33:1 The word of the Lord came to me: 2 “Son of man, speak to your people and say to them, If I bring the sword upon a land, and the people of the land take a man from among them, and make him their watchman, 3 and if he sees the sword coming upon the land and blows the trumpet and warns the people, 4 then if anyone who hears the sound of the trumpet does not take warning, and the sword comes and takes him away, his blood shall be upon his own head. 5 He heard the sound of the trumpet and did not take warning; his blood shall be upon himself. But if he had taken warning, he would have saved his life. 6 But if the watchman sees the sword coming and does not blow the trumpet, so that the people are not warned, and the sword comes and takes any one of them, that person is taken away in his iniquity, but his blood I will require at the watchman’s hand.

    And if there is any doubt that Ezekial was writing something consistent with the Gospel, we can simply read on:

    17 “Yet your people say, ‘The way of the Lord is not just,’ when it is their own way that is not just. 18 When the righteous turns from his righteousness and does injustice, he shall die for it. 19 And when the wicked turns from his wickedness and does what is just and right, he shall live by this. 20 Yet you say, ‘The way of the Lord is not just.’ O house of Israel, I will judge each of you according to his ways.”

    And so here is my question, and it is an honest question. If we are to sound the trumpet to all of the world, and not just the pre-destined elect, then how does our conduct under doctrine of “limited atonement” guide our actions any differently under that of “unlimited”?

    Just to clarify, I personally take refuge in the fact that God knows the elect and who He pre-destined; that is my personal answer. But is there any more to it? As a witness and minister of God, I cannot see the difference it is supposed to make in my ministry or in my witness to others. I also cannot see the salvific value in teaching this distinction (limited vs. unlimited) as doctrine.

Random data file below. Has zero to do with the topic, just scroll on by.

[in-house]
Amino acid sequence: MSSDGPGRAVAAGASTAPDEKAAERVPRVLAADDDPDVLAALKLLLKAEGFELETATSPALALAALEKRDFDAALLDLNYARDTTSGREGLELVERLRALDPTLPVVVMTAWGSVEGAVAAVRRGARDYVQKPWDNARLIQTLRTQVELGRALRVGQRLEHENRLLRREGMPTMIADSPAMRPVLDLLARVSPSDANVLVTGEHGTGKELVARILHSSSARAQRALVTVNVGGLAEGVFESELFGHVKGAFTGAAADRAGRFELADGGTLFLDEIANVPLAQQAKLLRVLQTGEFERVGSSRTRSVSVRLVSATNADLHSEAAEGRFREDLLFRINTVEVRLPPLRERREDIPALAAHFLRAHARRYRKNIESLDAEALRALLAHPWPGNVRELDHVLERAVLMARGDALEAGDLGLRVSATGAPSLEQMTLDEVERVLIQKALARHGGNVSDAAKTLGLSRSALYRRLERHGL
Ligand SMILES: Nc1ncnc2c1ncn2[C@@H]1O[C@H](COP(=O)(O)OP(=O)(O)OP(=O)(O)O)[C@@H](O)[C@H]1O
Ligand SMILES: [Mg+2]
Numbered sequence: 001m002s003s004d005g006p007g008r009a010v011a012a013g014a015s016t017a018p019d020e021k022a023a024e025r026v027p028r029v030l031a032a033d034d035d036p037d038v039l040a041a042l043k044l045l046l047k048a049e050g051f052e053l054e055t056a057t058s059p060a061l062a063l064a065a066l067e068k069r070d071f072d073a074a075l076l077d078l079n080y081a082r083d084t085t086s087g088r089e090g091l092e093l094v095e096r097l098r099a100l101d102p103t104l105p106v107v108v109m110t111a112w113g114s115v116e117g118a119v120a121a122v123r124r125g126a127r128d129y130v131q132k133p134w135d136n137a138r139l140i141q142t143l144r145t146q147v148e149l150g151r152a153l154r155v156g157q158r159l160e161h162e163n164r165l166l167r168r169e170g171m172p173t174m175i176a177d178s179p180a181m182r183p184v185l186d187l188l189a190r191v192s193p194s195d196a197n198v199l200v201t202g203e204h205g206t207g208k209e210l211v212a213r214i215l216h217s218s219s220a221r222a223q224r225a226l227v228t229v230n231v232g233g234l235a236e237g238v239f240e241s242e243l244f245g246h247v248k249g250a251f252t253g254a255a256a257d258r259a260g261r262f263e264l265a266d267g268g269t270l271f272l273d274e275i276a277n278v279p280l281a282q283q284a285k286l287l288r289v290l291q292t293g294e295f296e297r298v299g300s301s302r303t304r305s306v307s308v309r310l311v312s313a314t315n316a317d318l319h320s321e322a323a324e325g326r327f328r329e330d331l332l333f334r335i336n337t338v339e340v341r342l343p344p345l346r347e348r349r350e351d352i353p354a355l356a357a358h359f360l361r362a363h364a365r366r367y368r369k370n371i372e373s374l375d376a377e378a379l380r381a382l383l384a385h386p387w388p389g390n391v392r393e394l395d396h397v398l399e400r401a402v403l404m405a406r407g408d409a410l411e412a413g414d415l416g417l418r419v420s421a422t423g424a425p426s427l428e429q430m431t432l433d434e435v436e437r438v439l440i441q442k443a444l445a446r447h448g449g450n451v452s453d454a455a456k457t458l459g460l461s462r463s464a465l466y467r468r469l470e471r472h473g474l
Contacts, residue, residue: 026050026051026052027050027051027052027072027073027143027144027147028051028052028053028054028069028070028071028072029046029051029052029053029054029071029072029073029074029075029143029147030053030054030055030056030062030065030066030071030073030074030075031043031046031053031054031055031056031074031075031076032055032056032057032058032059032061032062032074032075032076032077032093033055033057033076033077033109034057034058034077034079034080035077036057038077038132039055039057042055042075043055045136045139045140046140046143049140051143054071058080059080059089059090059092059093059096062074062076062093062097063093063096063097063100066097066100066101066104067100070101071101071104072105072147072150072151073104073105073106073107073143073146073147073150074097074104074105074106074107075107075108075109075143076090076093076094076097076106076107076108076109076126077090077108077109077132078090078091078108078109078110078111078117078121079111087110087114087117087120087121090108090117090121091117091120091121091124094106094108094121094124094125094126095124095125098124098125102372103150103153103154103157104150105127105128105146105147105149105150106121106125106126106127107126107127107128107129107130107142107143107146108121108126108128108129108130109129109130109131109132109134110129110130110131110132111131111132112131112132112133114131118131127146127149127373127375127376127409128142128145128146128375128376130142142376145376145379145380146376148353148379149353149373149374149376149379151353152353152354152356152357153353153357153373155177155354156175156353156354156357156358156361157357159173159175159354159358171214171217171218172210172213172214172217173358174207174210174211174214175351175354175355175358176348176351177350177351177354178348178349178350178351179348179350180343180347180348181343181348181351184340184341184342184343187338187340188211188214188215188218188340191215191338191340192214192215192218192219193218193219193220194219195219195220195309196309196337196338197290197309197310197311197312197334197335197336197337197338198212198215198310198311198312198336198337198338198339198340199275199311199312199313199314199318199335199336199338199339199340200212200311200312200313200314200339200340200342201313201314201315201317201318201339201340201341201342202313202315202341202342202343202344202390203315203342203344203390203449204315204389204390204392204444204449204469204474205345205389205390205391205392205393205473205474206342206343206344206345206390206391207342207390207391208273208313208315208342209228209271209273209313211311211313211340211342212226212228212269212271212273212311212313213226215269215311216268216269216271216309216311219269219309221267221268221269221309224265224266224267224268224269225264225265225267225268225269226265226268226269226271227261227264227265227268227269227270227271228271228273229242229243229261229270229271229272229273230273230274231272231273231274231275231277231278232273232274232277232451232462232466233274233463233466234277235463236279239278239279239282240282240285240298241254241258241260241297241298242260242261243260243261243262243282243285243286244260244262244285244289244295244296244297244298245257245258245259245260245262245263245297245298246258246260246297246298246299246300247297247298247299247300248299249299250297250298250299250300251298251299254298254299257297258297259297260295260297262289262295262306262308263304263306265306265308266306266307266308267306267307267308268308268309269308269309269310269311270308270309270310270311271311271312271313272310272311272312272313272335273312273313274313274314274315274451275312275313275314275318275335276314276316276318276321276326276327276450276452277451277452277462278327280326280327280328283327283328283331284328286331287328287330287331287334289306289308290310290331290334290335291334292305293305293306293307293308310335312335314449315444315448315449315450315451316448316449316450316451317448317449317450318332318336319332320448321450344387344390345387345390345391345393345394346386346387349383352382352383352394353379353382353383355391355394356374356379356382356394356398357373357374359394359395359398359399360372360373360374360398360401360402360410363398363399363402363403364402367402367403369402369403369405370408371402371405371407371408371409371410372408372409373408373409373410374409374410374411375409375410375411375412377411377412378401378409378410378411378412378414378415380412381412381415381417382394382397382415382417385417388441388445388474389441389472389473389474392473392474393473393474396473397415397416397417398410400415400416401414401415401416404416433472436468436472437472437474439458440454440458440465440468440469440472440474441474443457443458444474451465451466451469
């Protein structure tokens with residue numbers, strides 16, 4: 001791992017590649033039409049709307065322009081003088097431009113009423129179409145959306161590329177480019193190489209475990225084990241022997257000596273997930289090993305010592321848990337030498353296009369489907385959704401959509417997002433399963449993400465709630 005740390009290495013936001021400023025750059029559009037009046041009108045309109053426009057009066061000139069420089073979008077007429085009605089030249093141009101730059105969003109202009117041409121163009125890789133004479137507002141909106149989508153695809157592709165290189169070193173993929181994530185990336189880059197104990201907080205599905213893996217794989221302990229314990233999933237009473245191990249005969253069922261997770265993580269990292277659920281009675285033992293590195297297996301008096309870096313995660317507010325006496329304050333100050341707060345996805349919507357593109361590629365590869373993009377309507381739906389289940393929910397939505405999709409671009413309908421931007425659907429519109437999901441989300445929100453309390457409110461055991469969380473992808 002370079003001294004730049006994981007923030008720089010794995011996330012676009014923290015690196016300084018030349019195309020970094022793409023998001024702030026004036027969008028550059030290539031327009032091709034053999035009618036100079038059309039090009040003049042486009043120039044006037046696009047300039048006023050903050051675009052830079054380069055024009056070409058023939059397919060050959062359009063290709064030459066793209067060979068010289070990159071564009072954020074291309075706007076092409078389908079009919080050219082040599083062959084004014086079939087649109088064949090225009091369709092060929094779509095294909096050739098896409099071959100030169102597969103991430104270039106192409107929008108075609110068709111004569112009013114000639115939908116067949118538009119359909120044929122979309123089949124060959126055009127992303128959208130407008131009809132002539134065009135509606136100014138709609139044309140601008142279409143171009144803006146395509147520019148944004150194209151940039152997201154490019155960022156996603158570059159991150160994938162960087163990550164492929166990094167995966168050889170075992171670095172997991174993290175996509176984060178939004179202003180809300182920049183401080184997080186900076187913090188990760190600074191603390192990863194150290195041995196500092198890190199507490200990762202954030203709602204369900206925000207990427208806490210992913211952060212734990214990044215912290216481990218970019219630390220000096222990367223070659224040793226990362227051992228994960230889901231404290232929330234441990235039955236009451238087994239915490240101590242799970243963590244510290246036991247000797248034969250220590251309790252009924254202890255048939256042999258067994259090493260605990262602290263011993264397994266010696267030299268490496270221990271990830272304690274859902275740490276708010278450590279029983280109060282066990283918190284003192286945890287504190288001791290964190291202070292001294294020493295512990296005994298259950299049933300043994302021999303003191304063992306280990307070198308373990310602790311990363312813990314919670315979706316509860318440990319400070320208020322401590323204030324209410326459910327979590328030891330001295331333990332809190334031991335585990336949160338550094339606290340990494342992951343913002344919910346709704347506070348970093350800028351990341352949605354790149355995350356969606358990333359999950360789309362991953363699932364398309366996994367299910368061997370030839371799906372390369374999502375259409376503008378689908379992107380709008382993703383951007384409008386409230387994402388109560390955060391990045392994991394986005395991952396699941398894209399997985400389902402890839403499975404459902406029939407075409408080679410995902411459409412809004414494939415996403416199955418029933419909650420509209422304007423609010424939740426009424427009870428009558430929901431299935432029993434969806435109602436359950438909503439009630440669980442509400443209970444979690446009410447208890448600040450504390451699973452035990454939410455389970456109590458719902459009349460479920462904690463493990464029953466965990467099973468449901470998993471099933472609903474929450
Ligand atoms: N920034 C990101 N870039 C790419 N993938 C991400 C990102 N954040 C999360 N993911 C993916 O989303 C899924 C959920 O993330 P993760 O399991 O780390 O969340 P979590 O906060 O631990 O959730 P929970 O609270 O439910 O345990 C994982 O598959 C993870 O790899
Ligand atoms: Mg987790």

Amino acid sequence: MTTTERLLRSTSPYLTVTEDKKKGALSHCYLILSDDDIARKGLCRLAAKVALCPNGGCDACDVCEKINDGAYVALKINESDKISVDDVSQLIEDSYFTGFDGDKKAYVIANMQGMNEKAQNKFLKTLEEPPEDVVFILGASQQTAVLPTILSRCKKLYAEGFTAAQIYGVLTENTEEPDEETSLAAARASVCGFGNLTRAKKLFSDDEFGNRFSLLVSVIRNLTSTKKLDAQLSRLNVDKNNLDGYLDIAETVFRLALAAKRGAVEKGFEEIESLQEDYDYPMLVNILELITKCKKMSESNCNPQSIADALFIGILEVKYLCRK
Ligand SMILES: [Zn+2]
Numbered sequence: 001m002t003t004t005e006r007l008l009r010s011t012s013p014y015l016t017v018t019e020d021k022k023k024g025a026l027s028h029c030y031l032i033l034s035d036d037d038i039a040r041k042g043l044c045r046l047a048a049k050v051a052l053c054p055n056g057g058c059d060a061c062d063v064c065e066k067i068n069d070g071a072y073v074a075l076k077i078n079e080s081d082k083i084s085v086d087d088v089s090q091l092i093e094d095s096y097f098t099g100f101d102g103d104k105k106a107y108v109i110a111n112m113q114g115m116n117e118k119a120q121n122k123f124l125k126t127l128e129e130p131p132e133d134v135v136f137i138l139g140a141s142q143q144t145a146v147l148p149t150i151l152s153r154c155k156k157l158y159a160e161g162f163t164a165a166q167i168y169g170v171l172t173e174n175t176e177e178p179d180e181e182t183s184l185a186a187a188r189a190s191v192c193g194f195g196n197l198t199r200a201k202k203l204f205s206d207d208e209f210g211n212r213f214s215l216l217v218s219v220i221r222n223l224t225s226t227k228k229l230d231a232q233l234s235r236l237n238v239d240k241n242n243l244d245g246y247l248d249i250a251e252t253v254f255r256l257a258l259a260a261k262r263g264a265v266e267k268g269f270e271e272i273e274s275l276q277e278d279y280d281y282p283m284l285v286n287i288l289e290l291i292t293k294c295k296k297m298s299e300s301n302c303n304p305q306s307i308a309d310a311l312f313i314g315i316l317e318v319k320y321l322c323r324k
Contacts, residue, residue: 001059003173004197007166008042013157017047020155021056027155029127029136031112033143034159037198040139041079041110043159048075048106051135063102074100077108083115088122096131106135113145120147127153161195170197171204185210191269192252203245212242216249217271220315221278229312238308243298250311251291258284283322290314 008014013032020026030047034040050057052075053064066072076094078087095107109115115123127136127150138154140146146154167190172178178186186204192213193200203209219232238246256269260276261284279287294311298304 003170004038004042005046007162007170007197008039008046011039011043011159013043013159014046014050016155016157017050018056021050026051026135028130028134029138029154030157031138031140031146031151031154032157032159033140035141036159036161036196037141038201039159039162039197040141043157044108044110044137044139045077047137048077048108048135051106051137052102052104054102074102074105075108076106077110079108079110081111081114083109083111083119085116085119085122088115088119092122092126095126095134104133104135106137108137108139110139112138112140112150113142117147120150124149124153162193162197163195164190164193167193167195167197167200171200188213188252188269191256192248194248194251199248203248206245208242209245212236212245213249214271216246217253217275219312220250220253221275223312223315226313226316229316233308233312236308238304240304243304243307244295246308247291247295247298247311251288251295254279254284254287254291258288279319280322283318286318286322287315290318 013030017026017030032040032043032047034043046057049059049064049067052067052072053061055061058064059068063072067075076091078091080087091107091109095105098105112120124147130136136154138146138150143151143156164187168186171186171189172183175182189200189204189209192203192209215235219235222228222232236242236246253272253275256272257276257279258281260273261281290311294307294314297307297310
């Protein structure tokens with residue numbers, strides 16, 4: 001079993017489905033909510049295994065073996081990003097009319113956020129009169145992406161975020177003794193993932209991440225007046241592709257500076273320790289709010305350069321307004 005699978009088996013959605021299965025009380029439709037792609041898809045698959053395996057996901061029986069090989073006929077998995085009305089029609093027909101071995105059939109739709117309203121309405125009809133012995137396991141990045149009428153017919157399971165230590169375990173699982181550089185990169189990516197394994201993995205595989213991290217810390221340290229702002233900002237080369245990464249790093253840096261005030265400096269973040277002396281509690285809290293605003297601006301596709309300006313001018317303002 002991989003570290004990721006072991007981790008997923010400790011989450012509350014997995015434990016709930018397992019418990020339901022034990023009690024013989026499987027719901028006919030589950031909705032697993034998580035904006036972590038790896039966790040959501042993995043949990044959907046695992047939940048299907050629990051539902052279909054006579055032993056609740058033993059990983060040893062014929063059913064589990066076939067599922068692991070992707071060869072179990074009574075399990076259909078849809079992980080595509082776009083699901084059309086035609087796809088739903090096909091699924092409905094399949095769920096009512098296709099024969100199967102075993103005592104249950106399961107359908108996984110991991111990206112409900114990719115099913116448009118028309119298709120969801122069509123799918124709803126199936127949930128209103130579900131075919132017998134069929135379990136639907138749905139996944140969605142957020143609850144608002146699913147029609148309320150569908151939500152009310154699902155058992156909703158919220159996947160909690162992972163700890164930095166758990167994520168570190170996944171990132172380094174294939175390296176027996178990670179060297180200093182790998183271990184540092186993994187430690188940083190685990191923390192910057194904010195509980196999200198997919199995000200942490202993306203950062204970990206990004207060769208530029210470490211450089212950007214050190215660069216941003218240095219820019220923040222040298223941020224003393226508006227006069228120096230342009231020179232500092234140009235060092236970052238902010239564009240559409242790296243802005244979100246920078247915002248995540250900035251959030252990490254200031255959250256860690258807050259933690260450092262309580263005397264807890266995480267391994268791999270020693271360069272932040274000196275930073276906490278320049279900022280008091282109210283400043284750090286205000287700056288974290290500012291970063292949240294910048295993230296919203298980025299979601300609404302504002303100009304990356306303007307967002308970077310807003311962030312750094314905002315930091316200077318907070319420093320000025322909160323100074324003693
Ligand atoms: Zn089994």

A small anecdote however: My previous pastor was teaching on this once and addressed the following question: “So, what about me, what use it for me to come to Jesus if God didn’t choose me?” His answer is that the question’s premise is false, and a misunderstanding, because if you don’t think God chose you, but you choose Him, then your eyes will be opened, and you will find that God chose you first, your choice was your free will… a nice explanation of that paradox, huh?

  7. By the way, I am not finding a problem with what Paul wrote in Romans 8:29-30. I am just saying when he used the word “called”, Paul was not limiting his discussion of atonement to those who are called, but that, of those who are called, Paul was only referring to those would be atoned.

  8. I know this if off topic but I’m looking
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    I’m assuming having a blog like yours would cost a pretty penny?

    I’m not very internet savvy so I’m not 100% sure.
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  1. Pingback: Scriptural Evidence for Irresistable Grace « Josiah Concept Ministries